Our other development blog at Argyll Communities

During the last 6 months, ARBU has been engaged in one of the most complex installations of WPMU we have ever had the pleasure of working on. With a standing 40 websites already in place on the original Argyll Communities website and requirements for newsletters, community toolkits, external search engines, a portal-wide announcements engine and sundry other items, we had our work cut out for us. But throughout it has been an utter pleasure — not only because the AVA team are feedback positive and precise about what they require, but because the work has involved working with many of the individual communities which run sites through the Argyll Communities site. To gather more insight on the process, and how we have developed the project since November last year, visit the Development blog, here.

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To Conquer or Die!

Such is the translation of the McDougall motto, which the new Homecoming Production, the Hidden Jewel is using as its strap-line! We have just completed phase 1 of this project (and thoroughly enjoyable it is proving to be too), and we’re now working on the reverse side of this ticket, including maps and terms and conditions, as well as an A4 poster and DL format flyers (all of which more later). In the meantime, here’s the ticket artwork — some of the text isn’t finalised, but the graphical side is ready for go.

To Conquer or Die

Bagpipes for Generation iPod

In piping circles one of the biggest challenges to travelling abroad is transporting the instrument. Unfortunately, because pipes are made of wood, hemp and other variable material, the changes in air pressure and moisture mean that on landing in distant parts the whole thing has to be re-fettled (or fettled or something …), otherwise it’ll play out of tune. Robin Beck of Cowal Bagpipes has produced a (truly beautiful) small Scottish Bagpipe which does not need to be re-fettled on arrival in said distant part. The reason? Because, like the latest MacBook Pro, the instrument is made of Aluminium, solid blocks of it. It is a truly beautiful object (more so than the Mac I’ll venture, because it is made by hand and is so shiny). Here’s a picture to prove it:

Even more gorgeous than the MacBook Pro

And why, you might ask, are we talking about bagpipes on this design site? Ah well, we have just produced the website, selling, not only the aluminium Small Scottish Bagpipe, but the innovative Beck Valve and sundry other piping accessories. Here’s the grab showing the conventional version of the pipes made of blackwood (the type that needs re-fettling):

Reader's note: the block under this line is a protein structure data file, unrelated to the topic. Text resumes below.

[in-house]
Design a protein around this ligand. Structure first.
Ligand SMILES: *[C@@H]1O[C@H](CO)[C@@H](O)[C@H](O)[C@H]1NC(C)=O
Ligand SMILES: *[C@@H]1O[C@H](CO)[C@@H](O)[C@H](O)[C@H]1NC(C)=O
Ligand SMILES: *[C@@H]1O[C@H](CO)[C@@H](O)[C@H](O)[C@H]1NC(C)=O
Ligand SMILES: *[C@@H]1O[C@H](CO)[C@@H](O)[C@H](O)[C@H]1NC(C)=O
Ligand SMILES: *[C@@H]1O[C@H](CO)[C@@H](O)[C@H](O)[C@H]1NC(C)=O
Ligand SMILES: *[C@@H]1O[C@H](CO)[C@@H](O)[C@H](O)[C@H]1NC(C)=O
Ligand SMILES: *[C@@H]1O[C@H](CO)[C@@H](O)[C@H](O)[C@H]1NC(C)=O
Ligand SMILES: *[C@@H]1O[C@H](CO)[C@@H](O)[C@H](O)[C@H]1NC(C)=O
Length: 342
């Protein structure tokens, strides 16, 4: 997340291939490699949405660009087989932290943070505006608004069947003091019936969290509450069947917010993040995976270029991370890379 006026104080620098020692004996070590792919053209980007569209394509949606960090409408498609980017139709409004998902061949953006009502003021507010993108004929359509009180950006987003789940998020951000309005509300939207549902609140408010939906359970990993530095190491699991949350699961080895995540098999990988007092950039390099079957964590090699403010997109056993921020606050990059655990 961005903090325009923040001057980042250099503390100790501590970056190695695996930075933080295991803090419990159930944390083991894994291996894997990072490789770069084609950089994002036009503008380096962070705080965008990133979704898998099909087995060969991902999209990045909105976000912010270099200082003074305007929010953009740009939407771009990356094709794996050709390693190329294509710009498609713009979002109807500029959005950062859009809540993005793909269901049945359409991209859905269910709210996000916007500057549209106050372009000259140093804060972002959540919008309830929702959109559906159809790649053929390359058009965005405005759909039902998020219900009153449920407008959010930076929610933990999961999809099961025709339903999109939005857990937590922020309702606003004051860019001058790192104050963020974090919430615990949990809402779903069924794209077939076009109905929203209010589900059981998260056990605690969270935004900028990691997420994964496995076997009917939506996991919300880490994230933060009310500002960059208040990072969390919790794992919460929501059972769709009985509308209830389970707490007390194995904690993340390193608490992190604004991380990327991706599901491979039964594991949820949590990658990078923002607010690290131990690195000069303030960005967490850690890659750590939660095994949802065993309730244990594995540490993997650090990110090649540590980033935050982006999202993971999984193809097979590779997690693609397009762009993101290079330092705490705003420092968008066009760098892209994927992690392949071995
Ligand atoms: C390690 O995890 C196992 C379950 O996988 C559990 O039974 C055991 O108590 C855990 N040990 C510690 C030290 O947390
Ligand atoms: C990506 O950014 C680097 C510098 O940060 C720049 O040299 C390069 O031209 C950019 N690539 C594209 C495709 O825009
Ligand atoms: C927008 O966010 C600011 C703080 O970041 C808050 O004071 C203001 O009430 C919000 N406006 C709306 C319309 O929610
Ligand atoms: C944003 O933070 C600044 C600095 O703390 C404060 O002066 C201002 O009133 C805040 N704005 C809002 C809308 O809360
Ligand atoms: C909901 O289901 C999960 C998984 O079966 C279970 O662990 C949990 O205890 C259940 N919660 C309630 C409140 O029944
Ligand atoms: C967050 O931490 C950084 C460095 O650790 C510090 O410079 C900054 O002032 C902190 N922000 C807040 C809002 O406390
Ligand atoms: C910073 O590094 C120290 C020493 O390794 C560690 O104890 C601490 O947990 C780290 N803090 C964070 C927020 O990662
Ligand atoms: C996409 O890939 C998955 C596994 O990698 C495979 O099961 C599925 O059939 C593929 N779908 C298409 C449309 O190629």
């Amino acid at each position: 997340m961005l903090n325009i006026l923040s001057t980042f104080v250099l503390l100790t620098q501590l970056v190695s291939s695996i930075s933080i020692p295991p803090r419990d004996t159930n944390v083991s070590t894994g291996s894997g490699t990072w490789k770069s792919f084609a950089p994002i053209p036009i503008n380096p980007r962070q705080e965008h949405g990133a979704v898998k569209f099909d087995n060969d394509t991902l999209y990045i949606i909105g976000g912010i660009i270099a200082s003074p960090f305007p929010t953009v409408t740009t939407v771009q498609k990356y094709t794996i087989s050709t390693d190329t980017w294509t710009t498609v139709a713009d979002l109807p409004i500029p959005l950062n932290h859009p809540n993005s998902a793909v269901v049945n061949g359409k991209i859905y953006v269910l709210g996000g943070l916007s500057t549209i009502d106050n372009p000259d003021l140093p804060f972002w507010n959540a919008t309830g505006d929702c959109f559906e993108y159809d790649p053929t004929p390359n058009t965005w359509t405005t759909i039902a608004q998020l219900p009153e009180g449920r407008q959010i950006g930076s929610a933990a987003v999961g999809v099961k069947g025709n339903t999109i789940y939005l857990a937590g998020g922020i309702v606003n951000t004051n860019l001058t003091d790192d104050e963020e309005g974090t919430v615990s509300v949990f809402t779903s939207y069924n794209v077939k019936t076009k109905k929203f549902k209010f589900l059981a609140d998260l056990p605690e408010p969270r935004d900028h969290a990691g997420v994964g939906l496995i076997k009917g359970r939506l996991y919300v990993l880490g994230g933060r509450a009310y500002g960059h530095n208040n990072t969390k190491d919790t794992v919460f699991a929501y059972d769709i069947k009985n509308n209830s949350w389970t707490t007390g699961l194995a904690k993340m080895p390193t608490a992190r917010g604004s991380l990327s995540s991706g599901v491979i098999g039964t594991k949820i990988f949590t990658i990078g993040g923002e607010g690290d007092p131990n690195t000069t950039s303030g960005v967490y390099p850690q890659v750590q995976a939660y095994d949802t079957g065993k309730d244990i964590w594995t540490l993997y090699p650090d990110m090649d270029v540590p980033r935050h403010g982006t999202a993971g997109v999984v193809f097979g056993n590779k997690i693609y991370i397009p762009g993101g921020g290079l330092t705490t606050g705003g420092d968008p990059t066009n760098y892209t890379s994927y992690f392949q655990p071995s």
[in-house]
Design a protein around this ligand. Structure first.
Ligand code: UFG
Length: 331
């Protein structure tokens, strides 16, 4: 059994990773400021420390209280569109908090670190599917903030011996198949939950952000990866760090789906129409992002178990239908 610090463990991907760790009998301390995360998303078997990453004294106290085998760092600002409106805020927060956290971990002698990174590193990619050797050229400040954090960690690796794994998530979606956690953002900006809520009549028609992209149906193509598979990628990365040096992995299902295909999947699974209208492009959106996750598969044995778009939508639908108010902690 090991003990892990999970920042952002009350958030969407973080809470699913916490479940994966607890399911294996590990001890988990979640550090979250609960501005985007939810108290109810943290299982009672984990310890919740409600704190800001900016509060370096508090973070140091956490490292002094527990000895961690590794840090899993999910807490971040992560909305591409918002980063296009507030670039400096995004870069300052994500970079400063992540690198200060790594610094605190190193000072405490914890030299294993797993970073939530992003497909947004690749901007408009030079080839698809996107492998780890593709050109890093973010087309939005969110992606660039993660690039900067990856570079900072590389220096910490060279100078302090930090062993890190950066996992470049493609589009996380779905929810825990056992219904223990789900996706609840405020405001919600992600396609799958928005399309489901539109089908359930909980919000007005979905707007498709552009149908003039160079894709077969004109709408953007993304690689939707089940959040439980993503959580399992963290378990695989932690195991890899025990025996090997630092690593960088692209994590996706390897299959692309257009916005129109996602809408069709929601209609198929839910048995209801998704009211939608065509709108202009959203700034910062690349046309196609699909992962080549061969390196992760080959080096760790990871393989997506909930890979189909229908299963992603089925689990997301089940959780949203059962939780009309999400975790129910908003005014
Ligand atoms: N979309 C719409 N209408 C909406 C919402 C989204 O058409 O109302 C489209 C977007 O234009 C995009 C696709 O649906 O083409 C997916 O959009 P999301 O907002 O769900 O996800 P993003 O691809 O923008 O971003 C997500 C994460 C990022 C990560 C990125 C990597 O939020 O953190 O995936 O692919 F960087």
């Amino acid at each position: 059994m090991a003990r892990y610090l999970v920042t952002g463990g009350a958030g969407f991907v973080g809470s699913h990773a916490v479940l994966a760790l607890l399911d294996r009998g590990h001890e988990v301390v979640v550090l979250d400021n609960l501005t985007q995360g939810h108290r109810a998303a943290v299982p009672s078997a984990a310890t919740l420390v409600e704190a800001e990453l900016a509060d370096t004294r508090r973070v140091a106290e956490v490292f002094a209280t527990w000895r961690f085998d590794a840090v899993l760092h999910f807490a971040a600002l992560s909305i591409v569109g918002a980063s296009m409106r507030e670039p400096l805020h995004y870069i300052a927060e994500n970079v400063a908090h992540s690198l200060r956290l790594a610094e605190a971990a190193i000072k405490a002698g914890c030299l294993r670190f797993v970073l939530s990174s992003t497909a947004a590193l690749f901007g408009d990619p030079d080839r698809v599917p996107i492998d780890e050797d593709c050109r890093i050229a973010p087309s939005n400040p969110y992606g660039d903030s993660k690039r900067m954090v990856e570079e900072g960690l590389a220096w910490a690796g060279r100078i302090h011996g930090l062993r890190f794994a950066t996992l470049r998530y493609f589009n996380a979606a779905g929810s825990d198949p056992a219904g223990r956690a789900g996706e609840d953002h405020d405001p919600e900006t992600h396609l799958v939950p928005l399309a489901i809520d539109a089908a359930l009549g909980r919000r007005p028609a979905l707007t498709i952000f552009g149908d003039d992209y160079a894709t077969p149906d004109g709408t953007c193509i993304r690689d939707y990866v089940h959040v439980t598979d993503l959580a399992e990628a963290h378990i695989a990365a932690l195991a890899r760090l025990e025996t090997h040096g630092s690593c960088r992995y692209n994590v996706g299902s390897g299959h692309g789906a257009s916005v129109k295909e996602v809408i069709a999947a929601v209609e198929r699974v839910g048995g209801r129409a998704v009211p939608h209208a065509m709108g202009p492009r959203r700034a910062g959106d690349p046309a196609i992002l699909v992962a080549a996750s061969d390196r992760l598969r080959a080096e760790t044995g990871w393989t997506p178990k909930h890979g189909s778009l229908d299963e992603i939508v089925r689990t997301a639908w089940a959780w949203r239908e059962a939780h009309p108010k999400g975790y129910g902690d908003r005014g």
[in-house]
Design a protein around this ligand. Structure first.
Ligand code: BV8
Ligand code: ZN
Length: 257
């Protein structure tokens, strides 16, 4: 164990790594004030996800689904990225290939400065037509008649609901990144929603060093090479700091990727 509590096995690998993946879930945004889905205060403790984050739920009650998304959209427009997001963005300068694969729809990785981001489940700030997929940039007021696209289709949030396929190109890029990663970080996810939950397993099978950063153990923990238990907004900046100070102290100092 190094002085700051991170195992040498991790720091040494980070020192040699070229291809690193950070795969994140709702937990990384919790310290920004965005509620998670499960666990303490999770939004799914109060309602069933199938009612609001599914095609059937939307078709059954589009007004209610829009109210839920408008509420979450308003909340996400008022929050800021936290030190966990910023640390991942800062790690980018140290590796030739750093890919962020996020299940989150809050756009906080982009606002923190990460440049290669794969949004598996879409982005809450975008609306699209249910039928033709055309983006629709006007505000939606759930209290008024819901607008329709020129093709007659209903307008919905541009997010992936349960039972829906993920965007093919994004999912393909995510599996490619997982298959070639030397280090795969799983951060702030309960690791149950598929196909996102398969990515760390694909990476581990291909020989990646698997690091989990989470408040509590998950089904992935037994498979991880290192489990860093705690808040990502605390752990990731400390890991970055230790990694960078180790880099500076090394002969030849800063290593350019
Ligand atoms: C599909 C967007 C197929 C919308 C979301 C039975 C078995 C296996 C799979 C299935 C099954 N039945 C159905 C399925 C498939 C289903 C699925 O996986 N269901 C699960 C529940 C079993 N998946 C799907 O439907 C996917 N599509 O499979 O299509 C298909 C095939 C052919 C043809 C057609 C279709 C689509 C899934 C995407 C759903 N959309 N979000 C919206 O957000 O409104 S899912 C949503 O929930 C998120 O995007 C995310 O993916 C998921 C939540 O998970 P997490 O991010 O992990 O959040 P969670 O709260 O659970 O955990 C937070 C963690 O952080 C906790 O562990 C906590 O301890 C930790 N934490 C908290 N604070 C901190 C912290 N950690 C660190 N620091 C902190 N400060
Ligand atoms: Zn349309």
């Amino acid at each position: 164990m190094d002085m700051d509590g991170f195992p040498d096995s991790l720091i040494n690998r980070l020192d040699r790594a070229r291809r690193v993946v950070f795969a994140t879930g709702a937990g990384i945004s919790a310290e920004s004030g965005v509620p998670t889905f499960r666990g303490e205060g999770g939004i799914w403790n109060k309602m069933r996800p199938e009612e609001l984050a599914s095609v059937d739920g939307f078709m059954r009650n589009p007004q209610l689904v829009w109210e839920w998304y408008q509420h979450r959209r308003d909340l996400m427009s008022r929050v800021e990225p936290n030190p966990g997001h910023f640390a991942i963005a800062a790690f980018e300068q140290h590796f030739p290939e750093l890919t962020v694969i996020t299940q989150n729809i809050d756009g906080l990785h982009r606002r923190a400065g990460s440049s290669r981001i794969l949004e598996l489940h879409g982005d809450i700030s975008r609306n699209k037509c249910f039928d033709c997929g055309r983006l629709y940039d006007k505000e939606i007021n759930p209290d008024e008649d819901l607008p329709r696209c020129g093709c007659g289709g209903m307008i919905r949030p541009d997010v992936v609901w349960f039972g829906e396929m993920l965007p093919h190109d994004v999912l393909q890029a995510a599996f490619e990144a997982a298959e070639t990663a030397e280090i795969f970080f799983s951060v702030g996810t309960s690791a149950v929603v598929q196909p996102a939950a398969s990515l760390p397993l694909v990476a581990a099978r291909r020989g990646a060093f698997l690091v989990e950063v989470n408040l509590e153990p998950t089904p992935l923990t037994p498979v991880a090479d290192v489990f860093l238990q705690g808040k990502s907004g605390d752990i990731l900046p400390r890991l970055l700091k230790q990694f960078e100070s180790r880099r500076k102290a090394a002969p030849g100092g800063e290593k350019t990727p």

Using the Kiwi wp-ecommerce to drive the cart

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I’m given an 96dpi photo from a digital camera. The shot is too blue (I would say under-exposed but this ain’t film), composition is good but it looks like this is a 2 megapixel piece of once-was-state-of-the-art camera and asked to produce a logo. Love not money is the motivation here as we’re under the kosh for a deadline, and the project is one that involves the Walking Theatre Company. Further wrinkles are that the logo should scale infinitely and I am running Leopard and upgraded to CS before I heard that there were issues. In other words, photoshop is out. Back to illustrator 10. Sheesh.

And what happens? A pure alchemic reaction. Something you just can’t mitigate for. I turn the uncorrected image into a vector graphic, get rid of the word wood background and find myself looking at an immediate logo. Saturate the colour a little, adjust cyan and magenta, sample the colour for the text and then place the oyster over the ‘e’ and the ‘f’. Immediate “that’s it!”. No tinkering. Up on AFC2 and I’ll send off the logo for approval after the fact tomorrow. Here it is.

Pearl of a composition eh?

Vista vs. Leopard

Yesterday while at a training day we were using card readers and USB connections to transfer around 3GB of sound (.wav) and video files (.mp4) to a couple of laptops. One was a brand-spanking new Dell (I think) with Vista Home Premium (or Premium Home Vista … or Home Vista Premium … ??) and the other was a three-and-a-half year-old PowerBook G4 running Leopard 10.5. Don’t even know what RAM or processor speeds the PC had on board, but it was quick. The G4 was 1.67 Ghz and 1GB of RAM.

The G4 outperformed the PC not by virtue of having a quicker data-transfer, nor by having a brighter screen (in fact it is a bit grubby) but because the card reader (brought by an independent third party) plugged in and transferred the 500MB in a snap, and then as the next SD card was emptied, it played the contents of the first from a double-click within finder (both .mp4s and .wavs). The Vista machine, had to install a driver, install quicktime, install iTunes and was then able to play that which it downloaded. Where were the crowds standing to watch the rushes? In front of the Mac of course!

OK so the operator of the G4 might have been me, and the computer has been configured to my specs, but I was only using finder for this (well, and quicktime to play the files). I was just struck by the hoops Vista and PC users jump through, and wonder whether this offers an insight as to why Vista is (apparently) under-performing. Certainly there was plenty of support for the new OS on new PCs because it “just worked” and was “pretty”, but for those who were using it on their old PC, and there were two of them, they found the upgrade, confusing, frustrating and above all unnecessary. “Why did I get rid of that lovely XP, it just worked?” one asked.

Having used em all, give me Leopard everytime!